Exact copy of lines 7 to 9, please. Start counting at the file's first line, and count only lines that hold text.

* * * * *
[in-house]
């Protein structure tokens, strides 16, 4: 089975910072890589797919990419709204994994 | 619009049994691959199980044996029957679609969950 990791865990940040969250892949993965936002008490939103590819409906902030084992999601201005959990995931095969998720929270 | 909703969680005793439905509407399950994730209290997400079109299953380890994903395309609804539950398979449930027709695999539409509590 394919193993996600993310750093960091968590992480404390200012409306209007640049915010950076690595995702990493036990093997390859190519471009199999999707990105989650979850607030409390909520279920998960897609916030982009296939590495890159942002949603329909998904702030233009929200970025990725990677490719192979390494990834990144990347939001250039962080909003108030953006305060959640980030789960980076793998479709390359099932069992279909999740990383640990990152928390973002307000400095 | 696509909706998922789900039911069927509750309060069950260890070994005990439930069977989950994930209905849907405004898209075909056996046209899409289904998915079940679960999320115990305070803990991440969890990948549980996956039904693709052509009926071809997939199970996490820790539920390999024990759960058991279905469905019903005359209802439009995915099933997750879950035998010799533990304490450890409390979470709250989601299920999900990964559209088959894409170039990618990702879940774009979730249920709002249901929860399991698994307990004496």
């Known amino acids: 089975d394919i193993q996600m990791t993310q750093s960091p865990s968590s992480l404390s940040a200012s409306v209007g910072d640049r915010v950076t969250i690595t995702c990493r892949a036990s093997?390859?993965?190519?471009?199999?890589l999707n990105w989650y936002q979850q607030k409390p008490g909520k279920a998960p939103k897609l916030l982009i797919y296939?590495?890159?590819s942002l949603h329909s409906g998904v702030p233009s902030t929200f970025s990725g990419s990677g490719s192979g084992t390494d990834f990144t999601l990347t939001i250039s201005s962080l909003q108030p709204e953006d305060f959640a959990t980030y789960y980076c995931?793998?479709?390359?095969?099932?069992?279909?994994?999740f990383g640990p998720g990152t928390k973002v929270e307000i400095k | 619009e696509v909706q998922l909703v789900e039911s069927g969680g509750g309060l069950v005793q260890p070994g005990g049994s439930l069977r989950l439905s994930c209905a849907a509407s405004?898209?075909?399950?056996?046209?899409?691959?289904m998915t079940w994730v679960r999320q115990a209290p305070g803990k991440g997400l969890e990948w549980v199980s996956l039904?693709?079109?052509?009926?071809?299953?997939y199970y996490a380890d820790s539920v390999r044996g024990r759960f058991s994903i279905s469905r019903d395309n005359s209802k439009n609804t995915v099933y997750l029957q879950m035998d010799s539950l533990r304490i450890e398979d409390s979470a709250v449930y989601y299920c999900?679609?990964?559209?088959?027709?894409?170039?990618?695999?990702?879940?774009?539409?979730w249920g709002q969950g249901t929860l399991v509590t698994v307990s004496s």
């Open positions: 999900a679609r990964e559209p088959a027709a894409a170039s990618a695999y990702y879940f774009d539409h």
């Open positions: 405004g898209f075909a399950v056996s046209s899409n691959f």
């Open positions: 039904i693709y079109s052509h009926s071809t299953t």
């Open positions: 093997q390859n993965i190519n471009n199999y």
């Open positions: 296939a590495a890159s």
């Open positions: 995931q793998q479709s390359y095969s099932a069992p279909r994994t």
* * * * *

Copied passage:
């Open positions: 093997q390859n993965i190519n471009n199999y």
């Open positions: 296939a590495a890159s």
């Open positions: 995931q793998q479709s390359y095969s099932a069992p279909r994994t």